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Learning to read the code of large neural populations (NEURO-POPCODE)
Start date: Jan 1, 2013, End date: Dec 31, 2017 PROJECT  FINISHED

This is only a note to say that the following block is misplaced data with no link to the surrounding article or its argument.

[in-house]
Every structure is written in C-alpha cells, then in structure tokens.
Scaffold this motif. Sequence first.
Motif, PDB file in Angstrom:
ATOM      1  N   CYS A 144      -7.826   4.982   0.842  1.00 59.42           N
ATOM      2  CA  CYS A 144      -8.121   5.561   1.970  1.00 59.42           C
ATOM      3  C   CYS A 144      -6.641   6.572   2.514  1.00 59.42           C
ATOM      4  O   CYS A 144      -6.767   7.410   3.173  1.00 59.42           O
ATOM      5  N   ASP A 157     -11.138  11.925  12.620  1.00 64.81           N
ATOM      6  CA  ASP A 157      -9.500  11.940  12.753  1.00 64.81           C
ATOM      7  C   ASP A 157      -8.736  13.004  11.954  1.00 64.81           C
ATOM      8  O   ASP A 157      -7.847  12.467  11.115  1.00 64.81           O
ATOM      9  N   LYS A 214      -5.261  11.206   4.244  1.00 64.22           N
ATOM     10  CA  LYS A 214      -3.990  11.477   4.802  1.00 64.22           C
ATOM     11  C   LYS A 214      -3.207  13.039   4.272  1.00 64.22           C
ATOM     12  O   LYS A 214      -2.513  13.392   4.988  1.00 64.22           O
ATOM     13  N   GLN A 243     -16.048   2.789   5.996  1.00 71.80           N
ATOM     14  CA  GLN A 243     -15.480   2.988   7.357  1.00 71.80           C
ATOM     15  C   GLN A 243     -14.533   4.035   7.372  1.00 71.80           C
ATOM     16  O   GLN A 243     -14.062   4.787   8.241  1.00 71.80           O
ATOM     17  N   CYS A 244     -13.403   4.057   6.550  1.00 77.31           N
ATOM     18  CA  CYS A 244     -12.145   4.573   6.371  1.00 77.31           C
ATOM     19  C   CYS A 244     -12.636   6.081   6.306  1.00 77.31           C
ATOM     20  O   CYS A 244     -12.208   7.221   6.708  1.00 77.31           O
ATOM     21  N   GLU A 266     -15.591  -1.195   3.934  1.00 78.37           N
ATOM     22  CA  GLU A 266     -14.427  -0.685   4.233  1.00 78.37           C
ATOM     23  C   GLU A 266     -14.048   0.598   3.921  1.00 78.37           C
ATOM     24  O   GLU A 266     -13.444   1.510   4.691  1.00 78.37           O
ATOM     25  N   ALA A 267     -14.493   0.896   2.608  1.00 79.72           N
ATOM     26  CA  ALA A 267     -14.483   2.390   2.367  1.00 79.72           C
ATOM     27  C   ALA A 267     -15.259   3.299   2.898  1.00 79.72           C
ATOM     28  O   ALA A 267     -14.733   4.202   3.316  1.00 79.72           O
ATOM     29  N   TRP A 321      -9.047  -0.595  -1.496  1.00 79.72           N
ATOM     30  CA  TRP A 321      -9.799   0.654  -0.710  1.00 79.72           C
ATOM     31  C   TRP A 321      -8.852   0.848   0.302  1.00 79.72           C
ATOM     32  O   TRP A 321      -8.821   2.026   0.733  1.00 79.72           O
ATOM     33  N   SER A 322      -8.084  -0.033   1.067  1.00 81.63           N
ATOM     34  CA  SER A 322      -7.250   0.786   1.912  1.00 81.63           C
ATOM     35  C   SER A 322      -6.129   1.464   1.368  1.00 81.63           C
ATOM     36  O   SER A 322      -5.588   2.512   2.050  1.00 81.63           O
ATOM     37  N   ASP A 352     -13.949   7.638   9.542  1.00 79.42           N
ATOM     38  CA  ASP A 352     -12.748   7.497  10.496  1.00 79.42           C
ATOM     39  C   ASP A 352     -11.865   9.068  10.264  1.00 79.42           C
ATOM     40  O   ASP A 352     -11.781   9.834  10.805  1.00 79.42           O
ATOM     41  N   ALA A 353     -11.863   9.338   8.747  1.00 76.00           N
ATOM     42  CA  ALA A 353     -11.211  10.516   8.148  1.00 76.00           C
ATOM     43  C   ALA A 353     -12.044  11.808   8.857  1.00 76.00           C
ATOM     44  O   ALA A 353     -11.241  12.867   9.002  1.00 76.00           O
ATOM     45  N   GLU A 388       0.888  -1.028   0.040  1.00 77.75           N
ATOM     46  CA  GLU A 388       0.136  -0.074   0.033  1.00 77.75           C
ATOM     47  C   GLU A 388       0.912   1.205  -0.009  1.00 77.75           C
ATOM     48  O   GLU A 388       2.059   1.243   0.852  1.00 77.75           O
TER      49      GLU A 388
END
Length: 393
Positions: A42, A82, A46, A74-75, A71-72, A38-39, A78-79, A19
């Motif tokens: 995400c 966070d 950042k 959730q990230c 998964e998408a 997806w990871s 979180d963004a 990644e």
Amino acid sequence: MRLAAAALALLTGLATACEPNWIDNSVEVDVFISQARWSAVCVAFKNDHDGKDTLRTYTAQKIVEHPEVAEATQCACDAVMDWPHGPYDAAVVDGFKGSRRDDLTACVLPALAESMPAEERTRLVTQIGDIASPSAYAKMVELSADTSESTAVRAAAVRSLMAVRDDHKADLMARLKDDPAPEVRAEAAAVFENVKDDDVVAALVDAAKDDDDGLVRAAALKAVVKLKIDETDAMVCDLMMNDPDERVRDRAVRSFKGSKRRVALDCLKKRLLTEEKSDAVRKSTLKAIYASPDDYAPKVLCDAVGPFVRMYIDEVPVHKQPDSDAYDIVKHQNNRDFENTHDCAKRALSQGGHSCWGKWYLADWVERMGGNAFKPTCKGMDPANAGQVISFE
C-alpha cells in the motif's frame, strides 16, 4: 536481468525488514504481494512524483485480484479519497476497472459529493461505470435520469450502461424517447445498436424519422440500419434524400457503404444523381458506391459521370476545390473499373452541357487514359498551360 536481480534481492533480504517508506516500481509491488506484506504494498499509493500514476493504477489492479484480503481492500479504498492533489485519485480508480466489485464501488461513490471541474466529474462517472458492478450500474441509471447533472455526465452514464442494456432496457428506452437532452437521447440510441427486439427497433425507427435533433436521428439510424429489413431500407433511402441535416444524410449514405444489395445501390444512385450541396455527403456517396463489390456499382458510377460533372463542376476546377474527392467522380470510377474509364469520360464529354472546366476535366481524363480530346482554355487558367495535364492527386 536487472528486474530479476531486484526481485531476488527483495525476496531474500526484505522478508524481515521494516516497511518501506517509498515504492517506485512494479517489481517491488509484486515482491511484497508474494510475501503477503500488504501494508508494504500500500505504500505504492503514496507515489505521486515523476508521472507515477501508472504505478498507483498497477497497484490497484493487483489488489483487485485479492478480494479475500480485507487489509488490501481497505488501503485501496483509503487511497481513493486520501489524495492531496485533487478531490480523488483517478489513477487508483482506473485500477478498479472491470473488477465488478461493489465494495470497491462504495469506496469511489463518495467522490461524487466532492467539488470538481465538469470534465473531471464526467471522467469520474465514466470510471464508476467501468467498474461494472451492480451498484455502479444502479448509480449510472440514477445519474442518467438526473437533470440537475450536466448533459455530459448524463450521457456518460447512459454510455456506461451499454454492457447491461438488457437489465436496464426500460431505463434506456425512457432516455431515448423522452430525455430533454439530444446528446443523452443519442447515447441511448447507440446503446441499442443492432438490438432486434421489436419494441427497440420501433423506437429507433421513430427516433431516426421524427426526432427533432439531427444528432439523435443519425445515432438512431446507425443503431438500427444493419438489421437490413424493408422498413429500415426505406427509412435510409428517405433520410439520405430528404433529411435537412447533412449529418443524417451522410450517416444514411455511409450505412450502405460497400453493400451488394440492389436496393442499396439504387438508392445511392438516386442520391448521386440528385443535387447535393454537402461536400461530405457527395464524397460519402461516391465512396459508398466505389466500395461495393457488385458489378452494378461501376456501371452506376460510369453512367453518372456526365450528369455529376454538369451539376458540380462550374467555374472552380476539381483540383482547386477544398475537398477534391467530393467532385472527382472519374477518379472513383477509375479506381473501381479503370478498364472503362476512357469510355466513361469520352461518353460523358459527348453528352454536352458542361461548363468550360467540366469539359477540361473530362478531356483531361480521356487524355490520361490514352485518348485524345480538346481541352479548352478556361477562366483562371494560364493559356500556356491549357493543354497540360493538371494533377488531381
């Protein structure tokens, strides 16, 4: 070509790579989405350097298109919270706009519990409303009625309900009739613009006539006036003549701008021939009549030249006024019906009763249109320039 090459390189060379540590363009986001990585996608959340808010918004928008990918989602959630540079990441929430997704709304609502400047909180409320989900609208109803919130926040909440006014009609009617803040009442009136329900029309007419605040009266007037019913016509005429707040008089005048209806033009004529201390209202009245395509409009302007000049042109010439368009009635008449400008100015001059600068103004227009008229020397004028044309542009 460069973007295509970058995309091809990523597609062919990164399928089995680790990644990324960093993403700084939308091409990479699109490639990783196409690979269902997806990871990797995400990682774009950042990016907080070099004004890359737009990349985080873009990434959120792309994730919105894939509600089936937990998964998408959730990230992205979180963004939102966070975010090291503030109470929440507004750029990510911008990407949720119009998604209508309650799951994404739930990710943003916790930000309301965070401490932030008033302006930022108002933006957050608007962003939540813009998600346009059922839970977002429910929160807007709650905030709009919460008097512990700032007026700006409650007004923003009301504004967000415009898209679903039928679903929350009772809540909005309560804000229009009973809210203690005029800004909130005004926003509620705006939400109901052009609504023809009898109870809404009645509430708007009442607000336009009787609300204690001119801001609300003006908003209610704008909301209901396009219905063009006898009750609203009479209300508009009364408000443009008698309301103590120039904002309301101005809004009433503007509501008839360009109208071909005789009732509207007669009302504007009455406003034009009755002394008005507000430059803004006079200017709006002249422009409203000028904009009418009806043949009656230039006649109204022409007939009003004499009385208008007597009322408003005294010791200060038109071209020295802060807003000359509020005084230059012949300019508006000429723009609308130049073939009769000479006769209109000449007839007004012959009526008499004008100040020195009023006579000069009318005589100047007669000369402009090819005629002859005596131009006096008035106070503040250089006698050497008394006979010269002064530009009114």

Information is represented and transmitted in the brain by the joint activity of large groups of neurons. Understanding how information is “written” in these population patterns, and how it is read and processed, is a fundamental question in neuroscience. Yet, because of the huge number of potential activity patterns and complexity of natural stimuli, most of our understanding of the code relies on single neuron studies. We will extend and apply mathematical tools from information theory, machine learning, and physics, to overcome this ‘curse of dimensionality’ and build neural dictionaries relating activity and stimuli at an unparalleled resolution of hundreds of neurons. To identify the fundamental design principles of neural population codes we will study the spatial and spatio-temporal activity of hundreds of neurons from the retina, tectum, and cortical networks responding to naturalistic and artificial stimuli. Our primary goals are: (a) to characterize the encoding ‘codebooks’ of large populations of neurons, and the effect of network noise on encoding, and thus construct a thesaurus for neural populations, (b) use this thesaurus to develop new family of decoders of population activity which would be biologically plausible and accurate for natural stimuli, (c) characterize adaptation at the level of the code of networks of neurons, and the effect of learning on population neural codes, (d) explore “learnability” as a key feature of the neural code, and construct biologically plausible models of how the brain can learn to read population codes and compute, and (e) merge these ideas into a new mathematical framework that will connect the architecture of neural interaction networks and the properties of their neural codes. Our work will establish a new mathematical framework for studying the neural code, which will entail important implications for neural prostheses and brain machine interfaces, as well as brain-inspired learning algorithms.

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